January 28, 2015 marked the 29th anniversary of the Space Shuttle Challenger disaster. Seventy-three seconds into the flight, the shuttle exploded high over the ocean, sending the astronauts to their deaths. The nation and the world were shocked and grief-stricken at the loss of life. Furthermore, thousands of schoolchildren were watching the launch live, and were psychologically scarred for years to come.
In the immediate aftermath, people couldn’t fathom how such a thing could happen. As it turns out, engineers had known for years that there was a potentially fatal flaw in the shuttle’s design. Even though they had tried up until the night before the launch to warn NASA of the likelihood of failure of the O-rings (a part designed to prevent blow-by of hot gasses), the engineers were overruled and ignored by their own management.
Roger Boisjoly (1938-2012), a mechanical engineer working for Morton Thiokol (the manufacturer of the solid rocket boosters) participated in that late-night conference with a heavy heart. In late 1985, Boisjoly explicitly warned his managers that if the problem was not fixed, there was a distinct chance that a shuttle mission would end in disaster. He and the others watched the launch and witnessed their predictions coming true.
Boisjoly’s testimony during the investigation of the disaster cost him his friends and ultimately his job. But it also led him to speak out against ethical lapses in the workplace, earning him the Award for Scientific Freedom and Responsibility by the American Association for the Advancement of Science in 1988.
Doing the right thing
In the workplace, we are faced with ethical dilemmas every day. Writing ethically might not require us to rise to the level of Boisjoly’s bravery, but it’s important to understand what stops us from doing the right thing.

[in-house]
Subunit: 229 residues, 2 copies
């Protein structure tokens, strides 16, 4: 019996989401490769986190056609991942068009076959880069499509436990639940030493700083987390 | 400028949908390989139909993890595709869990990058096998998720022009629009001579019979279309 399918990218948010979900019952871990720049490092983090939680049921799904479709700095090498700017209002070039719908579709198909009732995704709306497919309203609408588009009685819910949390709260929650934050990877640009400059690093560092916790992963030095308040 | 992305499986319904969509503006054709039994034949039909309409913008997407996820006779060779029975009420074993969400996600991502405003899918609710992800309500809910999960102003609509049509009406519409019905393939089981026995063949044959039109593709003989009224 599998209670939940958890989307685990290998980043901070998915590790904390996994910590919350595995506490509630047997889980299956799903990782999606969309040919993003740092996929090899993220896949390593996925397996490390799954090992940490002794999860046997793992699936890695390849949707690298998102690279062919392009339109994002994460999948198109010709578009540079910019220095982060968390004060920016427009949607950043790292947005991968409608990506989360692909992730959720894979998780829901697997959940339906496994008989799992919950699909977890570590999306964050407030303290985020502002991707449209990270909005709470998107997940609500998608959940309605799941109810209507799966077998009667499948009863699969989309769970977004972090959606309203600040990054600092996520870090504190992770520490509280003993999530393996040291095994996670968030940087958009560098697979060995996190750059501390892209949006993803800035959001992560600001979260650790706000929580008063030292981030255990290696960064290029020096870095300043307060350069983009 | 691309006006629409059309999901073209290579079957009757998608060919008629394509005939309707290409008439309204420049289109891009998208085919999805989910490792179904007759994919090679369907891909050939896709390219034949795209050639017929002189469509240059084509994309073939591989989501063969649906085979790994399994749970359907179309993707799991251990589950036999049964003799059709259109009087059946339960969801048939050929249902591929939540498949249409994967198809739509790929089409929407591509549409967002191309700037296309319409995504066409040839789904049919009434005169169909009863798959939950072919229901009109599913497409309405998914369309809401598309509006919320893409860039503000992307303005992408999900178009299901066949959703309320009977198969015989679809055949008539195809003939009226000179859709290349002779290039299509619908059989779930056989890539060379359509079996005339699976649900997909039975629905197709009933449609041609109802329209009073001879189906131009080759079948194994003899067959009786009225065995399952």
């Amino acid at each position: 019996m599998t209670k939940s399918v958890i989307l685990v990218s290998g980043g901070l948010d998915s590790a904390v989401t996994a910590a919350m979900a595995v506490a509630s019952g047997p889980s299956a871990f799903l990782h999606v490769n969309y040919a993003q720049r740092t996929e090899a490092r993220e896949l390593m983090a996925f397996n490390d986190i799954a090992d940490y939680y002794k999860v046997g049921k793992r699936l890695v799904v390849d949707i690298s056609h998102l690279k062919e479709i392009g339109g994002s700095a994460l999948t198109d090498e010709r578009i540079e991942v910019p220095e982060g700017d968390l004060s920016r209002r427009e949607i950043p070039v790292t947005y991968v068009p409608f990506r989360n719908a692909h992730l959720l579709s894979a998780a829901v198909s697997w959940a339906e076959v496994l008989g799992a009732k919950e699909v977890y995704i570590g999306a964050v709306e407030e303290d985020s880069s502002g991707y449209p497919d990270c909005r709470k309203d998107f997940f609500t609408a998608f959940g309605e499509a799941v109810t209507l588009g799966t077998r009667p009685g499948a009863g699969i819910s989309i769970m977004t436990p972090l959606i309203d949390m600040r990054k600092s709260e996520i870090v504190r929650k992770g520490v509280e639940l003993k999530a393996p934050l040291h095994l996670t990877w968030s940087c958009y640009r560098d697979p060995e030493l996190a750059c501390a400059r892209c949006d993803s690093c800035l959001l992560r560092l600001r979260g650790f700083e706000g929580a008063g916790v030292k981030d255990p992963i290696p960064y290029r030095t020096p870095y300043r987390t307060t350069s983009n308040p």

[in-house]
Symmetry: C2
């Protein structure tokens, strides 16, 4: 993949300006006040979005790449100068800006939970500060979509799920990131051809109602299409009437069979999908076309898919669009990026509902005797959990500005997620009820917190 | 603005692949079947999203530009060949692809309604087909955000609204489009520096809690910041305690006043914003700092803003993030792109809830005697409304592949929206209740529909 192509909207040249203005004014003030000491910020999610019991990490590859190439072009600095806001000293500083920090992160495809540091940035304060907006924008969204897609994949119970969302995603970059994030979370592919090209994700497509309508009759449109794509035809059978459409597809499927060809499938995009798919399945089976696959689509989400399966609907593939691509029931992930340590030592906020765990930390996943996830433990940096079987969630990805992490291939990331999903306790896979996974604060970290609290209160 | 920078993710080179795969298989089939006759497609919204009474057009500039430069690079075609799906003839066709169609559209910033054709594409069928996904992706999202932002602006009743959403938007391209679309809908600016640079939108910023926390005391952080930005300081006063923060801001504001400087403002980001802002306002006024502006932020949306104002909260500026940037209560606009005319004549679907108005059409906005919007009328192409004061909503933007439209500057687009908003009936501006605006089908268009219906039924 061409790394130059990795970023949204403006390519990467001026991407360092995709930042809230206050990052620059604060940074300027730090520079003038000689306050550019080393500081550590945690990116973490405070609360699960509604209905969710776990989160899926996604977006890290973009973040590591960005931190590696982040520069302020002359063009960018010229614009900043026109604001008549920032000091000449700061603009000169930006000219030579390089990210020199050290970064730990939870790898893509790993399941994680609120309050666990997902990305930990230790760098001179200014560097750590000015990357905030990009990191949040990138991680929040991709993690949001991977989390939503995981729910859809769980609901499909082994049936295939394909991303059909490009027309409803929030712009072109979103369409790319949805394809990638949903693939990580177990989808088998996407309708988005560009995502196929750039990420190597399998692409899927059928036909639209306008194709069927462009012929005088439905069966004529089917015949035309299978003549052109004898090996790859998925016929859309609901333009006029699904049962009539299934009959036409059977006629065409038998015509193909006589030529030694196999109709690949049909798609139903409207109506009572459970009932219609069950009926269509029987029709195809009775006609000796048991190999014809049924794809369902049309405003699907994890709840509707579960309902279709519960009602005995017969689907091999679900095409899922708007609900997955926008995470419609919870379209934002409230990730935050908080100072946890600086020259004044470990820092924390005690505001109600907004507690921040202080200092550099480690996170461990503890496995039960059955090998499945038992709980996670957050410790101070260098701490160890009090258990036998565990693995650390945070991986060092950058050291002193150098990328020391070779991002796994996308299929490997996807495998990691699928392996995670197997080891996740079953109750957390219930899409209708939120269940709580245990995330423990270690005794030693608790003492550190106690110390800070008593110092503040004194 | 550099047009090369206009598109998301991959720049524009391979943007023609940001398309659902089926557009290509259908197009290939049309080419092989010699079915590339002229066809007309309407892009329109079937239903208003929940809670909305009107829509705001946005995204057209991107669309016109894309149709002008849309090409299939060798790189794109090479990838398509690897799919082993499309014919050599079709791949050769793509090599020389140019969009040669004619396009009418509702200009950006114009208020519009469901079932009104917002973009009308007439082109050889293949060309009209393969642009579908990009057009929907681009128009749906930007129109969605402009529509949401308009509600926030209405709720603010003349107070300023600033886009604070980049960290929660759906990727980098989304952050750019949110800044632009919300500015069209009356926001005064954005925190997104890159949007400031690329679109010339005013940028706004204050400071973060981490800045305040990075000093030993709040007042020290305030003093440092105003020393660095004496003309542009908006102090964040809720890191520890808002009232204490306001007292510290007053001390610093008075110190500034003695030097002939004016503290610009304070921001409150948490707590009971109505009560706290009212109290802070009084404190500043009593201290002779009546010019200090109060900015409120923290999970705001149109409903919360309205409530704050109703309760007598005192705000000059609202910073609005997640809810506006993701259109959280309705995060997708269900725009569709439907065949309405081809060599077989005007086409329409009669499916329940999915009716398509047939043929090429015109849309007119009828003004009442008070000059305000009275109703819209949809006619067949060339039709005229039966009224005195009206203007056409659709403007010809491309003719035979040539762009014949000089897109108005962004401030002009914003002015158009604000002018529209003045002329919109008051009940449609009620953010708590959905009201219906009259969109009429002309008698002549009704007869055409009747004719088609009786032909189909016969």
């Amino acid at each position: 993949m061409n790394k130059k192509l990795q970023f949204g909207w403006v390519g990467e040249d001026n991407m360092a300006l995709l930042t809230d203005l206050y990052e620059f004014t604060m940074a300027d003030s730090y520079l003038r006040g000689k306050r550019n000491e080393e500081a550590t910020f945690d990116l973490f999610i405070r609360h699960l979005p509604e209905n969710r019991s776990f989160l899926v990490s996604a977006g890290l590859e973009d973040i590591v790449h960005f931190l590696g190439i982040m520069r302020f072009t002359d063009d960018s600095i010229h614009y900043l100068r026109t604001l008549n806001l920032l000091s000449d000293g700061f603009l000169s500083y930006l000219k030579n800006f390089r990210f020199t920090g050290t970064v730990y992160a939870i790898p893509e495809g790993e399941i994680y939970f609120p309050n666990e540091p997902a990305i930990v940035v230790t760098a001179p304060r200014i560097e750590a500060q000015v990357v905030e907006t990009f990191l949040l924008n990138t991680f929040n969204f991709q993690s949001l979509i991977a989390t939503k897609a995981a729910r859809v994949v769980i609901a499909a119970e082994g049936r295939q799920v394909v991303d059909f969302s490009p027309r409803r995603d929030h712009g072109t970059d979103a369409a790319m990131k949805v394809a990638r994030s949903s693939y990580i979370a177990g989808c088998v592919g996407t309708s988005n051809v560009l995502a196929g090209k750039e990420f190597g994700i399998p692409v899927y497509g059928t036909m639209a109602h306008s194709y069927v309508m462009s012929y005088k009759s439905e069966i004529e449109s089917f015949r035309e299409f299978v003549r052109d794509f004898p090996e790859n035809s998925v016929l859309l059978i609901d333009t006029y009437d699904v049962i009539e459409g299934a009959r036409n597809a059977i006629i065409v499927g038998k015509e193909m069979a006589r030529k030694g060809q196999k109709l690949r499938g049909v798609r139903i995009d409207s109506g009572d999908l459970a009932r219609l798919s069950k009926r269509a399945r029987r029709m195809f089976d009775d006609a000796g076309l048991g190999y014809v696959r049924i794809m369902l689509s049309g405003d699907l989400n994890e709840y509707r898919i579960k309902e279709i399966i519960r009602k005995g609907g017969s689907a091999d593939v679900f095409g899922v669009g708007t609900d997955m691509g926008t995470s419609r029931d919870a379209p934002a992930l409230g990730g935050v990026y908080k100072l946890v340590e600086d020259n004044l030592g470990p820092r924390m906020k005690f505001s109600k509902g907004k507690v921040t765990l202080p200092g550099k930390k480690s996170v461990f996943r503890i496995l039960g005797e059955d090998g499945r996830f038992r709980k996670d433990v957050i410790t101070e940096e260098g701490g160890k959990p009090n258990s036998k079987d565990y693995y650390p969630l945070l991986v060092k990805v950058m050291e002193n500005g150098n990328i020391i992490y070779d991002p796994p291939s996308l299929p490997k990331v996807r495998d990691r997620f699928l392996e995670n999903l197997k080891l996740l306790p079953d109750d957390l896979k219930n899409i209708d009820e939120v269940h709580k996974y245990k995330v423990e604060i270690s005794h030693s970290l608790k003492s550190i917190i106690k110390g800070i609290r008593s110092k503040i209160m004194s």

- Fear of not being accepted by peers, or of reprisals
- A focus on short-term benefits, not looking to the future consequences of a decision
- Foul mood: one’s own emotional or physical health prevents you from acting selflessly.
Boisjoly and his colleagues overcame those obstacles, and did their best to prevent the disaster. As writers, we can follow some practical rules for our communications.
- Use language and visuals with precision. Don’t use “weasel words” or play with statistics to make things seem better than they are.
- Prefer simple, direct expression of ideas. Avoid “legalese” or Byzantine language that hides the true message.
- Hold yourself responsible for how well the audience understands the message. Don’t violate your readers’ trust in you. If someone tries to get you to back down, stand your ground.
- Observe copyright laws & avoid plagiarism. A no-brainer, I think. Litigation is no fun.
- Respect your audience’s privacy. Don’t spam them or sell their names to spammers.
Anything else? Please add a comment!